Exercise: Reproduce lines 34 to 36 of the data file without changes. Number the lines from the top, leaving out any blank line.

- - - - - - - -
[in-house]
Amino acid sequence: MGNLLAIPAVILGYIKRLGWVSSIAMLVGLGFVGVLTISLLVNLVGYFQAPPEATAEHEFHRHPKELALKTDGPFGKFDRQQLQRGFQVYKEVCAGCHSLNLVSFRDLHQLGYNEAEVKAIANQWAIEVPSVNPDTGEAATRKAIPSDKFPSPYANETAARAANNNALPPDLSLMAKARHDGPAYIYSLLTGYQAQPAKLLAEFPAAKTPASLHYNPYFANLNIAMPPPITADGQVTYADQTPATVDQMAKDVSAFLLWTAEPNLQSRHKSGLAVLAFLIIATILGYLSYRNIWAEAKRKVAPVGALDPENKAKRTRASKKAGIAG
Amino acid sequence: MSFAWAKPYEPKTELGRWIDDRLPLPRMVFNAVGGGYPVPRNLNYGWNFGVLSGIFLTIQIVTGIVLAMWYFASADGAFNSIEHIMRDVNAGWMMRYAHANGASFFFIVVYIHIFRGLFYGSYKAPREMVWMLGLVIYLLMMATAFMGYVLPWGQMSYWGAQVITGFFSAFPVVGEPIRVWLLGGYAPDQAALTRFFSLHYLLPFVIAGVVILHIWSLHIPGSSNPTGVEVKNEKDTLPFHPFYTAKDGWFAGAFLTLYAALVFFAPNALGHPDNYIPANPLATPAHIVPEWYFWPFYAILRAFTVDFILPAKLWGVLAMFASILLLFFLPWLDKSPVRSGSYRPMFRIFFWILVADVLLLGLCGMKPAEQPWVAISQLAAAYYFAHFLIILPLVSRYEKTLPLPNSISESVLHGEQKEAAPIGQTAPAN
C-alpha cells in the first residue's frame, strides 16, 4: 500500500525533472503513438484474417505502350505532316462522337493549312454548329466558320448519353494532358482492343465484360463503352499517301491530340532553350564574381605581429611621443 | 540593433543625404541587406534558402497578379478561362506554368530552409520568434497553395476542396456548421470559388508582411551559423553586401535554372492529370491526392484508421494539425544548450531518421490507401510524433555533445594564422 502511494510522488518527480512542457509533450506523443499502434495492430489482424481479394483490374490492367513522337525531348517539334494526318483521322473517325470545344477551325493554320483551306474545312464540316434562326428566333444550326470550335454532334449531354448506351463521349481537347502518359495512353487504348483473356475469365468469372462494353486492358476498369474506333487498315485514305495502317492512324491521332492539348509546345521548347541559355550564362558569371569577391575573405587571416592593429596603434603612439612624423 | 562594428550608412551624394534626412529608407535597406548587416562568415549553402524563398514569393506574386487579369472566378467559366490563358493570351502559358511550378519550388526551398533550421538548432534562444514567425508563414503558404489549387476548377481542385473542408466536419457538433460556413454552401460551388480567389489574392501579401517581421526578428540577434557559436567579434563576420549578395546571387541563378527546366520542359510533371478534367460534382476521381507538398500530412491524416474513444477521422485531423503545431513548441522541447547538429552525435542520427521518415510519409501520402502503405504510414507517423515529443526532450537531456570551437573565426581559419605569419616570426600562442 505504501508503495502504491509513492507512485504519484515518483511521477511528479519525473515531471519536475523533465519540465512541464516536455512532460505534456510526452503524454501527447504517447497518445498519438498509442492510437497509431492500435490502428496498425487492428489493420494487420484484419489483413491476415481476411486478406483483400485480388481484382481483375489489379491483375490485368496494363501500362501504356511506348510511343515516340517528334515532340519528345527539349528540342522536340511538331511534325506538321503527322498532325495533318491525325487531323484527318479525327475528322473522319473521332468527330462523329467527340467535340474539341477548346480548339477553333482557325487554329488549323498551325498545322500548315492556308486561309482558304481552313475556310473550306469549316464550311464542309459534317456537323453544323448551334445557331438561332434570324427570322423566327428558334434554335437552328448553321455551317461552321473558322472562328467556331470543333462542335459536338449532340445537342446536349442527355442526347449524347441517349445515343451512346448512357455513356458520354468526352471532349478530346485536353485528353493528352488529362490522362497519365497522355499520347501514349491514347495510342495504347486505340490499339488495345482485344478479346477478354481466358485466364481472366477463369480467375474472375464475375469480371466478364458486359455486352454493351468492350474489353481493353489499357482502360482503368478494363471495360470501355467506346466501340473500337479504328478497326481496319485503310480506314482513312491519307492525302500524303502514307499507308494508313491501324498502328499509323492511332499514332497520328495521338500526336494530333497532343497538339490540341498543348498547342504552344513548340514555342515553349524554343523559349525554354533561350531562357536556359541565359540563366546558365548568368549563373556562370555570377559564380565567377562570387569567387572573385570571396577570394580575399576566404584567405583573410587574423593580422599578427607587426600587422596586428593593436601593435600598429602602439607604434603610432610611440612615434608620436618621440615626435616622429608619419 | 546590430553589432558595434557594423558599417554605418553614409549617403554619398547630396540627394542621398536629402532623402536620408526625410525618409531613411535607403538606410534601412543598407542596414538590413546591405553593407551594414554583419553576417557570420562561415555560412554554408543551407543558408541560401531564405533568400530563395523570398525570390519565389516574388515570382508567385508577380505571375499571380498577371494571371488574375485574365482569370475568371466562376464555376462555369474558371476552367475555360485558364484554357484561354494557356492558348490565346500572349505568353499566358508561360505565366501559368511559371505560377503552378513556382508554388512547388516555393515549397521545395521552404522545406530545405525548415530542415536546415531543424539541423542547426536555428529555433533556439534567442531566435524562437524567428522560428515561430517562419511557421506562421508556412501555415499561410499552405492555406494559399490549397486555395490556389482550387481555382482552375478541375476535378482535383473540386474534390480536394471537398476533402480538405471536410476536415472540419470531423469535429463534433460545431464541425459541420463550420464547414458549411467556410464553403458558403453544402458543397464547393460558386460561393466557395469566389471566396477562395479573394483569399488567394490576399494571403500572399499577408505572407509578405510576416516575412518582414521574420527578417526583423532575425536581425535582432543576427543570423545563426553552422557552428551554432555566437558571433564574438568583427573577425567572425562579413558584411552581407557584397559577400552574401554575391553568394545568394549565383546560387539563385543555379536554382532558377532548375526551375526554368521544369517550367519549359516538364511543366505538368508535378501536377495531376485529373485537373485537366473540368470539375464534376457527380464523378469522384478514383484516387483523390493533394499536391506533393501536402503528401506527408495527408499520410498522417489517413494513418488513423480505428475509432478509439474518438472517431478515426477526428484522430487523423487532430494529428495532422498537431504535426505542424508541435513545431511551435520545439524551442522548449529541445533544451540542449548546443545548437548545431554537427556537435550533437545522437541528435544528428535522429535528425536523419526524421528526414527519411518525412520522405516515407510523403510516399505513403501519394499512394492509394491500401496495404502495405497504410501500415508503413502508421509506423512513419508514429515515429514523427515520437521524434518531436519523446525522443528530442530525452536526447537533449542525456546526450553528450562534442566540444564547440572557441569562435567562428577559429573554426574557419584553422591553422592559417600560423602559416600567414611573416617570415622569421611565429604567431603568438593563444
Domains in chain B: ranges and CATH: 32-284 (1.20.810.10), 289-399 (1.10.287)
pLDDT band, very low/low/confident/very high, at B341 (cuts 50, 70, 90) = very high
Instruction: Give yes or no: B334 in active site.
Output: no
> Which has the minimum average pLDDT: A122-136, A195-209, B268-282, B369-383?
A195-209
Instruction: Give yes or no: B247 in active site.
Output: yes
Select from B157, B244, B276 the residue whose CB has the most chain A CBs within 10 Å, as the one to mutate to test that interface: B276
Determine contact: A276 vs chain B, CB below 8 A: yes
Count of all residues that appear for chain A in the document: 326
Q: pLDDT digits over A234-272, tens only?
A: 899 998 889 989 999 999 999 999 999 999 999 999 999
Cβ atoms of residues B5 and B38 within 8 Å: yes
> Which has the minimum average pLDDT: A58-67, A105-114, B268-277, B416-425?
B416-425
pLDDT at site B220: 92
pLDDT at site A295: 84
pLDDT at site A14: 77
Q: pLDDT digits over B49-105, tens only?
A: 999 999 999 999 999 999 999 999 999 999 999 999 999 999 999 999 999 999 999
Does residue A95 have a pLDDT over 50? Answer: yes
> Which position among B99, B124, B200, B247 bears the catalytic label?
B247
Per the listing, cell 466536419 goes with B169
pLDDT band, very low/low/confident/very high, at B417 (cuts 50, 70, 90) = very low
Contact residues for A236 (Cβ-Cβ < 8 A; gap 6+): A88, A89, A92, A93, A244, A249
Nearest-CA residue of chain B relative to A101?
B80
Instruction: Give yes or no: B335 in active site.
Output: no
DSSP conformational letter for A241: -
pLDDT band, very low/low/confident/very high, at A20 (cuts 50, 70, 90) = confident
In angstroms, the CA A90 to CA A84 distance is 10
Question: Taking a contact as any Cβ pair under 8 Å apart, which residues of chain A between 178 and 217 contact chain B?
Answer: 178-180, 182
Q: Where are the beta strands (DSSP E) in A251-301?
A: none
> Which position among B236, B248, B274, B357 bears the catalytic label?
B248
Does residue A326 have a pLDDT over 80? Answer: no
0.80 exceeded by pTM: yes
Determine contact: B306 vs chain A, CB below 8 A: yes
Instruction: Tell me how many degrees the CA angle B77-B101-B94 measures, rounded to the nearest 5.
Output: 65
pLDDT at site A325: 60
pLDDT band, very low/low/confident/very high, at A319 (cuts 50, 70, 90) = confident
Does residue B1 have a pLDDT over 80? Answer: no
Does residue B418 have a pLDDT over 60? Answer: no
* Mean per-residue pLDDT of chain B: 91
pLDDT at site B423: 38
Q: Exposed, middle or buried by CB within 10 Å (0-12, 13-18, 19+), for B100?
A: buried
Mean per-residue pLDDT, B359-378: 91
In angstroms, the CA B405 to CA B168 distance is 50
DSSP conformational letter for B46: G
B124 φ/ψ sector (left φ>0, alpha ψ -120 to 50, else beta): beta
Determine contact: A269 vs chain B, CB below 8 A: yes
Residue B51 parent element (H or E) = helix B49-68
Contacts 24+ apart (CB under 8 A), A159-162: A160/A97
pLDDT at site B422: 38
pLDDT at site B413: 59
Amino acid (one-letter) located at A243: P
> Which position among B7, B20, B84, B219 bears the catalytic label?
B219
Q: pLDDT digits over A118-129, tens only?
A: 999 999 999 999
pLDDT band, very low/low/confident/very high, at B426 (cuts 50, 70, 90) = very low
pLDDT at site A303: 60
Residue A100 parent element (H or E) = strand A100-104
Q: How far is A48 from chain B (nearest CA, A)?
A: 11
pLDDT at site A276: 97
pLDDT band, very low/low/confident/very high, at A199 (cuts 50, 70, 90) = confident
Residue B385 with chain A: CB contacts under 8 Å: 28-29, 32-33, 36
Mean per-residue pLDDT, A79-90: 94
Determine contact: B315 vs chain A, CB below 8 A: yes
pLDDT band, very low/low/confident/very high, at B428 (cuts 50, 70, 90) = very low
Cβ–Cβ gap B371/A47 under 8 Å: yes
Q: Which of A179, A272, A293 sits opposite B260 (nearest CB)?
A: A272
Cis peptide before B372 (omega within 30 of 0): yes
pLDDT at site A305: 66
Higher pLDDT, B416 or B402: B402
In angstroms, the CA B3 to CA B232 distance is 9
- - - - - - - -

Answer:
Instruction: Give yes or no: B335 in active site.
Output: no
DSSP conformational letter for A241: -